THERE is a special feeling you get riding a motorbike. It’s that go anywhere, escape life, find freedom feeling, and you get that in spades on the 2020 Suzuki V-Strom 1050XT. It feels like big dirt bike, with its upright seating easy to reach handlebars.
It just feels right, quite frankly, and having previously owned a DR-Z, this author felt the memories from that time period flooding back. To be fair the V-Strom provides a lot more oomph from the engine and has a heap more style and tech.
The updated V-Strom 1050XT draws on styling features from its DR-Z desert racer heritage, and features sharp lines, an adjustable windscreen that’s great for freeway riding and wind protection, and a new headlight design.
The V-Strom feels nimble, although a little top-heavy, when you first ride it. It felt a little strange tipping into corners initially, but we quickly adjusted to the style and enjoyed eating up the kilometres in no time.
The big dual sports bike doesn’t disappoint on the tarmac or in the gravel. Our test bike came with spoked wheels, designed for off-road riding, but felt just as comfortable on the road.
Power from the 1037cc 90-degree V-Twin is a claimed 79kW and is smooth and predictable. The bike has a strong torquey mid-range, which adds to the excitement and pleasure of this bike.
Gear changes are effortless from the gearbox and clutch. The V-Strom comes with three ride modes too, and we noticed a significant difference between ride modes A and C.
We found the ride by wire throttle a bit ‘snatchy’ in mode A, smoother and more rideable in ride mode B, where it doesn’t feel like it loses much power, with ride mode C great for wet weather or those that are still learning.
Cruise control features too, but it’s a little sensitive, as it turned off a few times. We’re not sure whether we inadvertently bumped the switch, but haven’t had this happen to us on any other bikes.
Handling from the front 43mm KYB forks with adjustable compression, rebound and spring preload link type and the rear KYB shock with adjustable rebounds damping and spring preload, was predictable and grew on us.
Being not vertically challenged, yours truly still found it a struggle to flat foot on this bike, although the seat can be adjusted 20mm. If you’re on the shorter side, you may find the bike harder to handle in off-road conditions.
Braking on the V-Strom was strong from the Tokico radial-mounted, four piston callipers up front, with the dual 310mm floating discs offering good bite. It makes the front suspension dive a decent amount under harder braking, not to unlike a dirt bike.
The rear single pot Nissin calliper with 260mm disc offered good support to the front. There are three ABS modes too, but it can’t be turned off completely, which some may find annoying, particularly off-road.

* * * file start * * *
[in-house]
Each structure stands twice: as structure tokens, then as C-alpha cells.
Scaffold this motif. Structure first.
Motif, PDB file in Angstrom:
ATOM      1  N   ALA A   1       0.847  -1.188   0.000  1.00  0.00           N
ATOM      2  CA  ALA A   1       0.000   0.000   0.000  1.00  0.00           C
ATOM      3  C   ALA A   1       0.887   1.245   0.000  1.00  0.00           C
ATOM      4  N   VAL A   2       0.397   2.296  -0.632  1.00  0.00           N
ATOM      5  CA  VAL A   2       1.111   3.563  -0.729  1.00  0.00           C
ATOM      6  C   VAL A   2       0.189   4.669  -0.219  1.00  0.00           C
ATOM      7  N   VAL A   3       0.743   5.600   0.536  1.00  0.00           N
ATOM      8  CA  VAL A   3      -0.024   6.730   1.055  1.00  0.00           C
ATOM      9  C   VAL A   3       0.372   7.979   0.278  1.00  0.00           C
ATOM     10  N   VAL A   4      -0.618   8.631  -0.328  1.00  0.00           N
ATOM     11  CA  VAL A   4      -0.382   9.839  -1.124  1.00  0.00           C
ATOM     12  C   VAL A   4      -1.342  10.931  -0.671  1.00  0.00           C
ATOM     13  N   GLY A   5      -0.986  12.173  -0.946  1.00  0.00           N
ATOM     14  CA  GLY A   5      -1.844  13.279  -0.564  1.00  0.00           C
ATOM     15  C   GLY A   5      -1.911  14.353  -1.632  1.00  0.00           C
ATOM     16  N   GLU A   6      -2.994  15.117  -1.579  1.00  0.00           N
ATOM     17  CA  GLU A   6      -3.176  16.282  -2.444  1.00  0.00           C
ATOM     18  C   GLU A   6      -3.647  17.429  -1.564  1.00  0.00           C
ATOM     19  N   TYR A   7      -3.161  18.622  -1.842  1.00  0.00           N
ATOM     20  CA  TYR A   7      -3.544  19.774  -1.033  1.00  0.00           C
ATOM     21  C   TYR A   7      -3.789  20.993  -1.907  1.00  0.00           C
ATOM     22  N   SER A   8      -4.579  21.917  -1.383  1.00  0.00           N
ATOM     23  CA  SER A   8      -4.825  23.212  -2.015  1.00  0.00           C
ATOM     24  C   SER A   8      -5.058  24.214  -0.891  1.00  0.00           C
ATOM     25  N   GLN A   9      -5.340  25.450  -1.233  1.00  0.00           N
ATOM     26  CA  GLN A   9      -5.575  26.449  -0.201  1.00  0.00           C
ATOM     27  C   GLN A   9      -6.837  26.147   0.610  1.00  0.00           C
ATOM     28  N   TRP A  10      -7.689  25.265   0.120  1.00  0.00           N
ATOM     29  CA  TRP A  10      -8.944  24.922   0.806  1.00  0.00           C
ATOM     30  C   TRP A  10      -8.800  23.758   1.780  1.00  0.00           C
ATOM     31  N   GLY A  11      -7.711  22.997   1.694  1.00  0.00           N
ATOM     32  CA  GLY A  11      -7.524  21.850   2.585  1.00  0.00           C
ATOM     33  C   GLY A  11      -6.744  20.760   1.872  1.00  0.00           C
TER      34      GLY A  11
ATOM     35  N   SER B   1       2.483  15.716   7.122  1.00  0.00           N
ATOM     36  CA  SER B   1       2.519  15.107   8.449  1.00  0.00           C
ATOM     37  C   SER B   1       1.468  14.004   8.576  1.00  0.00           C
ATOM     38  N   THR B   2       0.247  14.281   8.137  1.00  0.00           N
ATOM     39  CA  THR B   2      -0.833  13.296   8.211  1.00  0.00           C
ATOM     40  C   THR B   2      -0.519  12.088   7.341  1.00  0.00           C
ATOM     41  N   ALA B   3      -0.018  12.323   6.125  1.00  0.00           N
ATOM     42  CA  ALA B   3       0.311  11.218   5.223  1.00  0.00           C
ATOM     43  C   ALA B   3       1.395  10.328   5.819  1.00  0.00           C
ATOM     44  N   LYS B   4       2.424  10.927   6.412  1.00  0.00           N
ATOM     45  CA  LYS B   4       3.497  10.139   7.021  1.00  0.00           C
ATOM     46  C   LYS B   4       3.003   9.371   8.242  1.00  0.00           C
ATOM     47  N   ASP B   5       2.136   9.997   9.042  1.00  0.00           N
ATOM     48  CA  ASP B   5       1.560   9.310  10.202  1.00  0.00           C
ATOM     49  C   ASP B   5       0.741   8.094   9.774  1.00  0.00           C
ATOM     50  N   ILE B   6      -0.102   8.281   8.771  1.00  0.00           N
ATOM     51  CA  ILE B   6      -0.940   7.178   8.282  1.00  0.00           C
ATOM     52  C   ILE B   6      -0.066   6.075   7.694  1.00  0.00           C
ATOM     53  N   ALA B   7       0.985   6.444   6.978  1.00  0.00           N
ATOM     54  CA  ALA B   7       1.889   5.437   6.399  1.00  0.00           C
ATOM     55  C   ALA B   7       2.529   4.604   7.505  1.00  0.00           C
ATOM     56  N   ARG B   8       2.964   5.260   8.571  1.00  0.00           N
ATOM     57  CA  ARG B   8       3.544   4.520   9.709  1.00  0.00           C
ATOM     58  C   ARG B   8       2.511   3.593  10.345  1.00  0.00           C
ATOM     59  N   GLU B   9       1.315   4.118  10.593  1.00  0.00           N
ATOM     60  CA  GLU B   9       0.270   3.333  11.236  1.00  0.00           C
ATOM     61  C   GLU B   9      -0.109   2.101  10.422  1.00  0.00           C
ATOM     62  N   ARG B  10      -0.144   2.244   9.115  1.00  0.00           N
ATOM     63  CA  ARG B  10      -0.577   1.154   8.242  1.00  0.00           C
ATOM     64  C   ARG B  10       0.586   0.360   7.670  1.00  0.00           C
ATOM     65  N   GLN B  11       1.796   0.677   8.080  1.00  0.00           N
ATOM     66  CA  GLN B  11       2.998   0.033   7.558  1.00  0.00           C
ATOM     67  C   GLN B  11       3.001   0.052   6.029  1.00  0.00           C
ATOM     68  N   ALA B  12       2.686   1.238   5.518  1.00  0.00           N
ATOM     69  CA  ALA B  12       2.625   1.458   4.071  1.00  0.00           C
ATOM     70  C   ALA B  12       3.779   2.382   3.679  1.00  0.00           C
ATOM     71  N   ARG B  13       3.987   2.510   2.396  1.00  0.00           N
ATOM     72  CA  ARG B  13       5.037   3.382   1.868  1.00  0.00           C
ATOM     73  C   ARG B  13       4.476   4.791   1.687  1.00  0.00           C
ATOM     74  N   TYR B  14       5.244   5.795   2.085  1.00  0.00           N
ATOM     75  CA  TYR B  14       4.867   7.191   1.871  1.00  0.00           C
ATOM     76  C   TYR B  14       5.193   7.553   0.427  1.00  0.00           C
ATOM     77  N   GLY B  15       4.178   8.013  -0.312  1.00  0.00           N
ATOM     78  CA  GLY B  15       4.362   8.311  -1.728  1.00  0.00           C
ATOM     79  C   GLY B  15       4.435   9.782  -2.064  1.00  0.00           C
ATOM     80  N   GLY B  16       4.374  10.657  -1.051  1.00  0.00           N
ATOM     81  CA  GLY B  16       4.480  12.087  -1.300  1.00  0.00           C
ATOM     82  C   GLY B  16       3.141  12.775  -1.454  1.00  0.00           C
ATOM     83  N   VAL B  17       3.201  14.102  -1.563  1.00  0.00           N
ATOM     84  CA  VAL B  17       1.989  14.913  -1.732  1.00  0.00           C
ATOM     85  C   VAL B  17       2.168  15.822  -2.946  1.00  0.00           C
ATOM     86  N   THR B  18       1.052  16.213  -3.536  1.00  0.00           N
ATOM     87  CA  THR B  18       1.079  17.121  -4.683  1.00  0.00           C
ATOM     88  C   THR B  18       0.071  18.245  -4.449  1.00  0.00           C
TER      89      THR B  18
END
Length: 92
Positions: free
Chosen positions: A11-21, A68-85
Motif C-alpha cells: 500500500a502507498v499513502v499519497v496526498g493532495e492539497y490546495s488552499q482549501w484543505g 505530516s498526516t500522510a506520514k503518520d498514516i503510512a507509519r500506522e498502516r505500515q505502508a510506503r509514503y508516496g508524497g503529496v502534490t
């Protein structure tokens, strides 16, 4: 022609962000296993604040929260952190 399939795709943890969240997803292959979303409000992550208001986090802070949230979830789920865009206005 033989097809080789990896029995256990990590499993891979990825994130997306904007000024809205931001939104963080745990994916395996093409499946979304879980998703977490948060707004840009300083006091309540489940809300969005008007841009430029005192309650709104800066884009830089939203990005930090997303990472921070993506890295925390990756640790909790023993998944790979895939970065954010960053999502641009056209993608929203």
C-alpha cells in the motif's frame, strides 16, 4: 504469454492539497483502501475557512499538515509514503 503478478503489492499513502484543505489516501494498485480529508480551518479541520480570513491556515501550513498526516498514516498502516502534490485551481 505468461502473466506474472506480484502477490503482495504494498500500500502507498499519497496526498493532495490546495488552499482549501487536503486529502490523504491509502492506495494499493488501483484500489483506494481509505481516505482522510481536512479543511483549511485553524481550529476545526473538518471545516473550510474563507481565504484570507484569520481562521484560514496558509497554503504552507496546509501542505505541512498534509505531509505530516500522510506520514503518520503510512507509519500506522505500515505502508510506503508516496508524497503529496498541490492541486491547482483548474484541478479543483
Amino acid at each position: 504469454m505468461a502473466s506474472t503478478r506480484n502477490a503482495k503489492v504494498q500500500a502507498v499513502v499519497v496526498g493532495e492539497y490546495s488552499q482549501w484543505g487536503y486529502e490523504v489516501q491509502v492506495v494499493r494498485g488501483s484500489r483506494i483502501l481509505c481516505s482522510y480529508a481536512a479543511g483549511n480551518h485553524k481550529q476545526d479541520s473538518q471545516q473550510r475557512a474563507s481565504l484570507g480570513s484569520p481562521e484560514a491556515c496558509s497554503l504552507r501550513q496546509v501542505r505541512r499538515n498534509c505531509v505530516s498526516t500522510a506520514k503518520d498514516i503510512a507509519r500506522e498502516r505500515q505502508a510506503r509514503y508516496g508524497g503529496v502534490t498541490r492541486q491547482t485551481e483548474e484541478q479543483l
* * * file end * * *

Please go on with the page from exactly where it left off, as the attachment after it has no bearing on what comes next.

The Big Twin comes with a host of tech features too, including SIRS (Suzuki Intelligent ride system), cruise control, hill hold assist, load dependent control, slope dependent control, ride-by-wire, and a motion track brake system.
There’s also a back torque limiting clutch, low rpm assist and an immobiliser system. There is a USB port on the side of the dash and a 12v DC outlet under pillion seat.
The dash is easy to read, with plenty packed into the display, and the menu system is easy to navigate. We did find that you have to hold buttons down for a couple of seconds on some options and not others, which can be painful.
Self-cancelling blinkers would be a great addition to this bike. It takes a little getting used to having to manually turn them off (so old school). The foot pegs with integrated rubber that pushes down when you stand for better access to the metal spikes is a nice touch.
It’s especially good for off road riding. Hand guards offer good protection and comfort from wind and cold too. The factory fitted centre stand is useful while loading up the luggage and while maintaining or servicing the bike.
Added panniers and top box luggage offer great storage and look and feel durable. We would have loved to have had the big Strom longer, and to have loaded it up and gone away on a long trip or weekend away.
Our bike was supplied in Pearl Brilliant White and Glass Blaze Orange and in our opinion it’s the best colour, but it also comes in Champion Yellow No. 2, and Glass Sparkle Black which looks meaner than its name suggests.
Two versions of the 2020 Suzuki V-Strom are offered, the 1050XT (our test bike), which starts from $20,990 ride away, and the V-Strom 1050, which is available from $17,990 ride away.
Our test bike was provided by Suzuki Motorcycles Australia. To find out more about the 2020 Suzuki V-Strom 1050XT, contact your local Suzuki dealer.